Code Review at Rietta
When joining a new team, a developer can be nervous when making their first pull request or contribution to a codebase.
The thought of your team going through your code and ripping it to shreds is both reasonable and scary. So how does a team eliminate this fear and instead, encourage newer developers to greet code reviews as a opportunity to not only improve their code, but to encourage a healthier environment to actually collaborate?
This begins with the team environment itself, removing the mindset of “I need to show this person their place on the totem pole” and replacing it with “I should teach this person everything I know so we can both grow” and as an opportunity to develop a rich relationship with your new teammates!
Reviewing code is not only a chance to share one’s experiences and knowledge, but it also is a way to open doors and break down barriers between coworkers in a team.
At Rietta we make it a point to have team member, new or old, review code of all shapes and complexity. Everyone gets the chance to learn from everyone elses problem solving skills, and to provide input and ideas from a perspective that a more experienced developer may overlook.
During our code reviews, we look to pull from our own experiences and share it with our team members. It is easy to say “because its best practice”, but it doesn’t help to explain why something is best practice.
Why is it better to use this type of ORM query over the other? Is it because batch processing is more efficient than loading all the records at once? Giving comments explaining why when making a recommendation is not only helpful for the code owner, but a learning opportunity for the reviewer as well.
Patience, empathy, and humbleness are marks of a great leader and mentor; a coworker with these qualities are invaluable to a organization. These are key qualities in a team looking to prevent a parade of developers walking through a revolving door due to a poor development environment lacking in collaborative development practices.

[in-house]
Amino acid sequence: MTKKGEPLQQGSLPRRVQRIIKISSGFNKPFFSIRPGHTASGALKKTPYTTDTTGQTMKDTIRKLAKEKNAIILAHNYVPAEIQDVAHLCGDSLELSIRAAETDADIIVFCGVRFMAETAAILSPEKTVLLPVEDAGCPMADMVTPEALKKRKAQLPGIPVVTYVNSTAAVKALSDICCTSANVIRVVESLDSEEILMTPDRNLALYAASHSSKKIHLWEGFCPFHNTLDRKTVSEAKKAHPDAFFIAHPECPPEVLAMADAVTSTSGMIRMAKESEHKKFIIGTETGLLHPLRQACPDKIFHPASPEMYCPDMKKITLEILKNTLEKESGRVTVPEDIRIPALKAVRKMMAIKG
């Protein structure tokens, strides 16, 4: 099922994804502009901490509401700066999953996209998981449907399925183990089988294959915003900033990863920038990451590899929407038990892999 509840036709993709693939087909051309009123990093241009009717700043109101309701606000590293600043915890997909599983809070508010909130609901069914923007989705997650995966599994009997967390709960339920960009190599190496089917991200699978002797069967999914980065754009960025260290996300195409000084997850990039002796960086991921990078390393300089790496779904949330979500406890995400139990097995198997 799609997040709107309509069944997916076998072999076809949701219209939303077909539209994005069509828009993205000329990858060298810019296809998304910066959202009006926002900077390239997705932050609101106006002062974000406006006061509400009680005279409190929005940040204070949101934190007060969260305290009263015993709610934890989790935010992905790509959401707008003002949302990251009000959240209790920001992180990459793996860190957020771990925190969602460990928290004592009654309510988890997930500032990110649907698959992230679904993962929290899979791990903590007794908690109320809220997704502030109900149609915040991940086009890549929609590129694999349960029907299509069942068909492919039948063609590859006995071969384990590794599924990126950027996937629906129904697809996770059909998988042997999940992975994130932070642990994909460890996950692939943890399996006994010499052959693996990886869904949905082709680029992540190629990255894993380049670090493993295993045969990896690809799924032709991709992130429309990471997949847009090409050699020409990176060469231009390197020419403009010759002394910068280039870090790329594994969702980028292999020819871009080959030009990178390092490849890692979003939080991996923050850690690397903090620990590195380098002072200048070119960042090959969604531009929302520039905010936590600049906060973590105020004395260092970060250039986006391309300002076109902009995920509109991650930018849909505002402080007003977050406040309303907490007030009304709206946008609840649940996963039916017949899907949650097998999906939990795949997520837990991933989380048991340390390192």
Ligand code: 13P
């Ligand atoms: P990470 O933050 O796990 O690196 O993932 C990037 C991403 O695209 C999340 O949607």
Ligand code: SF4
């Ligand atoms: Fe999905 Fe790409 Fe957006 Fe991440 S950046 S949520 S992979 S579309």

Coding Style Guides at Rietta
When hearing the words “Code Style Guides”, many think of standards that some person made based on their personal opinion on how code should be written for an entire team. While this method of creating a style guide may be true for some teams, here at Rietta, we work as a team to create style guides and best practices for working on our client projects, as well as internal ones.
Code styles are not decreed by one person, rather we discuss snippets of code on Slack and have input from team members new and old.
Our CEO, Frank Rietta, sometimes leads these discussions based on some code being reviewed or consulting of best practices. During these discussions we first discuss discuss and then we come to a consensus on the preferred style.
For instance, we had a discussion regarding the usage of
concerns in Ruby on Rails applications.
We would first:
- Establish what the best practice or convention for
- Why is this a best practice, avoid appeal to authority, but reason it in our own words.
- Discuss “what ifs” and “gotchas” when using
- What about testing, what ways make sense in testing it? (We do a lot of testing at Rietta)
So why is it important to have this kind of open discussion, where everyone is encouraged to contribute, ask questions and understand the why?
Why even consider the opinion of a person who has been developing for a year vs someone who has been do it for 10 years? Work in a agency or product teams is not going lone wolf and delivering and fix complex problems. To have perspectives from all team members is invaluable to the growth of not only the individual, but for team cohesion.
Working in an agency setting or any setting on a development team isn’t a lone wolf exercise with no communication. It’s a team sport, where it’s important to have the perspectives of all of your team members. You and they will grow as individuals and as a team.
Team Growth and Cohesion
Everything discussed above applies to all teams, but it is especially important when working in distributed teams where face to face interactions are not a normality. Our remote team communications are mostly in the form of emails, Slack messages, and Github code reviews. While we make it an effort to video chat on a daily basis and have checkin calls from time to time, we can forget that emails, slack messages, and code reviews can lack the nuances in face to face human communication.
The benefits of spending the extra time to encourage and have human to human conversation is enormous. Discussing ideas, reviewing each others work, and collaborating on style guides can give everyone a voice which can go a long way in maintaining a motivated team.
Taking the extra steps in conveying your points in a concise but human to human way is important in maintaining a motivated team.